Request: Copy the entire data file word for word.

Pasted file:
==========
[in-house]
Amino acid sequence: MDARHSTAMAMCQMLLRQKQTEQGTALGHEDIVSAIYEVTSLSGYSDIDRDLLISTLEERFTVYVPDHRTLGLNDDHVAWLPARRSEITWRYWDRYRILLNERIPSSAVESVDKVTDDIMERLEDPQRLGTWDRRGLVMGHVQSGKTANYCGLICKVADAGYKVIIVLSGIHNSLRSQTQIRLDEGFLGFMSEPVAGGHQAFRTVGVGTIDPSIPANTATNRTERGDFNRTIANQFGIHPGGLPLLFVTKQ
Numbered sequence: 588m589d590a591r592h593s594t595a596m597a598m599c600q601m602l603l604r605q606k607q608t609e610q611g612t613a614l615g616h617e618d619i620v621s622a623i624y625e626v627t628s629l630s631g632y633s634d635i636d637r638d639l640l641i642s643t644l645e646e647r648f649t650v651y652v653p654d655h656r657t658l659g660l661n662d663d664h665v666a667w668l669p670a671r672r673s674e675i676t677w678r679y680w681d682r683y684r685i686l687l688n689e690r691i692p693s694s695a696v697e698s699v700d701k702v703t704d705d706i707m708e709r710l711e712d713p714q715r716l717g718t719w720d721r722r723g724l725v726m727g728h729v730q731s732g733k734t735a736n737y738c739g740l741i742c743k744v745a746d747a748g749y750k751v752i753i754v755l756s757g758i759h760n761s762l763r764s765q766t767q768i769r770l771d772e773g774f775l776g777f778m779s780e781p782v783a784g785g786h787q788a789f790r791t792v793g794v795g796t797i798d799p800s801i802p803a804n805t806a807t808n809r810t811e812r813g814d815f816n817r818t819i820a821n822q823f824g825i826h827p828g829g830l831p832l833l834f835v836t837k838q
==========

[in-house]
Amino acid sequence: MDARHSTAMAMCQMLLRQKQTEQGTALGHEDIVSAIYEVTSLSGYSDIDRDLLISTLEERFTVYVPDHRTLGLNDDHVAWLPARRSEITWRYWDRYRILLNERIPSSAVESVDKVTDDIMERLEDPQRLGTWDRRGLVMGHVQSGKTANYCGLICKVADAGYKVIIVLSGIHNSLRSQTQIRLDEGFLGFMSEPVAGGHQAFRTVGVGTIDPSIPANTATNRTERGDFNRTIANQFGIHPGGLPLLFVTKQ
Numbered sequence: 588m589d590a591r592h593s594t595a596m597a598m599c600q601m602l603l604r605q606k607q608t609e610q611g612t613a614l615g616h617e618d619i620v621s622a623i624y625e626v627t628s629l630s631g632y633s634d635i636d637r638d639l640l641i642s643t644l645e646e647r648f649t650v651y652v653p654d655h656r657t658l659g660l661n662d663d664h665v666a667w668l669p670a671r672r673s674e675i676t677w678r679y680w681d682r683y684r685i686l687l688n689e690r691i692p693s694s695a696v697e698s699v700d701k702v703t704d705d706i707m708e709r710l711e712d713p714q715r716l717g718t719w720d721r722r723g724l725v726m727g728h729v730q731s732g733k734t735a736n737y738c739g740l741i742c743k744v745a746d747a748g749y750k751v752i753i754v755l756s757g758i759h760n761s762l763r764s765q766t767q768i769r770l771d772e773g774f775l776g777f778m779s780e781p782v783a784g785g786h787q788a789f790r791t792v793g794v795g796t797i798d799p800s801i802p803a804n805t806a807t808n809r810t811e812r813g814d815f816n817r818t819i820a821n822q823f824g825i826h827p828g829g830l831p832l833l834f835v836t837k838q